Education for sustainable development (ESD) has emerged as an answer to global challenges. In order to help students understand what sustainable development requires globally and locally, help them understand how to use their own capacity of critical thinking and motivate them to consider individual actions contributing to communal sustainable development.

“Sustainable development (SD) has become a vehicle around the globe for expressing the need to depart from present dominant models of development which appear unable to balance the needs of people and the planet in the pursuit of peace and prosperity” – UNESCO, 2009.

The aim of the project was to analyse and compare ESD teaching concepts in different countries, share the best practices on ESD teaching and work out area specific training modules for different target groups. It is expected that this mapping will provide the foundation in each of the participating countries for a public debate on inclusion of ESD learning outcomes in the national curricula (and further educational documents based on them) and their importance for future sustainable development.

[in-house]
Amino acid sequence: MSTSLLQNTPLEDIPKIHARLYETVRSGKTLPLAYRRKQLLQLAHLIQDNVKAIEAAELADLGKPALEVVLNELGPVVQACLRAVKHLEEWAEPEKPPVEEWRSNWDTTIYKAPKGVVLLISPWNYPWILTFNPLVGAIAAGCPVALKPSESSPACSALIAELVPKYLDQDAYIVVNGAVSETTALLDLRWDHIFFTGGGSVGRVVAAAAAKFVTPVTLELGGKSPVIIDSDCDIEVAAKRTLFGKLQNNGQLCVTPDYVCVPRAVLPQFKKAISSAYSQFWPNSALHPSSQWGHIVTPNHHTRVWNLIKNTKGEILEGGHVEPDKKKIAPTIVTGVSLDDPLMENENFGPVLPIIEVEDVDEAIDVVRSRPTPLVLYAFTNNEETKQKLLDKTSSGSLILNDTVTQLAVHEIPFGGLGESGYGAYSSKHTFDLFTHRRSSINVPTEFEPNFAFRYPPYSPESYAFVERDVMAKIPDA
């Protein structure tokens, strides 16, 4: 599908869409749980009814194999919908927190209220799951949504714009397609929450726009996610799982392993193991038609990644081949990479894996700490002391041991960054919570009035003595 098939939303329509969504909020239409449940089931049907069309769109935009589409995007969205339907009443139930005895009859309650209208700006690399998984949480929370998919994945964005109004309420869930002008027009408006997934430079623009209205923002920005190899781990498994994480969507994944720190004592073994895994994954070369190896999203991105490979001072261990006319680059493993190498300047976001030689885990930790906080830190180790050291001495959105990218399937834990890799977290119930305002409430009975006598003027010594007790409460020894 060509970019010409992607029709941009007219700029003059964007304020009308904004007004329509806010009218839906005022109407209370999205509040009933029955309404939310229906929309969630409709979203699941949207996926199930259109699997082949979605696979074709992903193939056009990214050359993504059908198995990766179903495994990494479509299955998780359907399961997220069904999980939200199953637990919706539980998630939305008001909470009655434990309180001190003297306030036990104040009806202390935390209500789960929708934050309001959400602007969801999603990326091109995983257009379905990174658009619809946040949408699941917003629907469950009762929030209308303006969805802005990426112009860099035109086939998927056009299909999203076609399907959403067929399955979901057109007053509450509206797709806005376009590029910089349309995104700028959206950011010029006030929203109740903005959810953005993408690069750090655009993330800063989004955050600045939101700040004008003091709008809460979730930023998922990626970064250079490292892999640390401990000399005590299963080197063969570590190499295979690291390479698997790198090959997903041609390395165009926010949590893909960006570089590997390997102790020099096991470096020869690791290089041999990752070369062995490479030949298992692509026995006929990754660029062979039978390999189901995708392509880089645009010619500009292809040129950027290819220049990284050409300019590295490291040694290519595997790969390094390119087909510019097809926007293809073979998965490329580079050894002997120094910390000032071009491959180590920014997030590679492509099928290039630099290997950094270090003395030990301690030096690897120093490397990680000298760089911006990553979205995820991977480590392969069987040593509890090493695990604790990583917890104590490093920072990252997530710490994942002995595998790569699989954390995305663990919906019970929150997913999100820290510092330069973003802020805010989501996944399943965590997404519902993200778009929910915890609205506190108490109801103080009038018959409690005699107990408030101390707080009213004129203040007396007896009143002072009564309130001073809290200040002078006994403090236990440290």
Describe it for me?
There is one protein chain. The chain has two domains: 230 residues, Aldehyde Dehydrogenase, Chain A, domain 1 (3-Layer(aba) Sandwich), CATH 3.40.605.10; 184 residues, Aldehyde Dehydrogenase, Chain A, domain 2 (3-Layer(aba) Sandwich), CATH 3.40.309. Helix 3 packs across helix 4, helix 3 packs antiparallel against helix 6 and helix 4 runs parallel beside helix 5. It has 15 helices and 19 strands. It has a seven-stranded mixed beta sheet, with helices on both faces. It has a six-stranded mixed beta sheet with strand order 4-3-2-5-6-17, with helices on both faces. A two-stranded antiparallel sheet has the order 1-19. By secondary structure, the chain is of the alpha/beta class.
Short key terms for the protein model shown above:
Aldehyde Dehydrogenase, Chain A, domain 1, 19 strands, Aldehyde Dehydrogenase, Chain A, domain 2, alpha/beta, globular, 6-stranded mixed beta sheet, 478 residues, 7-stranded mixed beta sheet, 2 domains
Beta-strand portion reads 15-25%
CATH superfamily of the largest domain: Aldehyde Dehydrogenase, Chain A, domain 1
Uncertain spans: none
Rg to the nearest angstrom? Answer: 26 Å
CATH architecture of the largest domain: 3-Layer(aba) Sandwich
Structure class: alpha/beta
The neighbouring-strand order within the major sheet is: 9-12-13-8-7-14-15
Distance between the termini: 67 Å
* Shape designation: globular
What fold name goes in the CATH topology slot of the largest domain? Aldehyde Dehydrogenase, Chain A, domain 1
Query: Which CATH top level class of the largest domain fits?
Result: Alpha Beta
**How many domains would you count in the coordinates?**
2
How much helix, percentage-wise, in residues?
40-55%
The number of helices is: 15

The results reveal that the economic content of ESD is least present in the curricula and the textbooks. Even though the aspects of social, cultural and environmental content seem to be represented in a rather balanced way in the framework curriculum, the subject curricula and especially the textbooks tend to address ESD in rather limited way, mainly focusing on environmental aspects.

The socio cultural topics such as gender equality or human rights that are of extreme importance when developing knowledge, qualities and competence for active, critical and meaningful contribution to sustainable development, are insufficiently represented in the curriculum and the textbooks as well.

The analysis of the Estonian framework curricula revealed that it is dominated by the social cultural content with most represented social cultural elements being “health” and “cultural diversity and intercultural understanding”.

The economic category was rather well represented due to the fact that the topic “sustainability and sustainable development” was counted under this category. The element “production and/or consumption is represented only a few times.

Regarding the environmental category, the most represented elements were “natural resources” and “human beings (as living organisms)”.

In conclusion it would be observed from the analysis that even though ESD is rather well represented at the national curriculum level, the closer look at the subject curricula reveals that several critical aspects of ESD have been discarded at that level, limiting the topic to only a rather small number of main issues (e.g. sustainability and sustainable development).

There are differences in the quality and extent of ESD teaching across Estonia depending on the location of the individual schools. Broader research is needed to understand how the differences in ESD teaching and to ensure equal opportunities for providing quality education to all.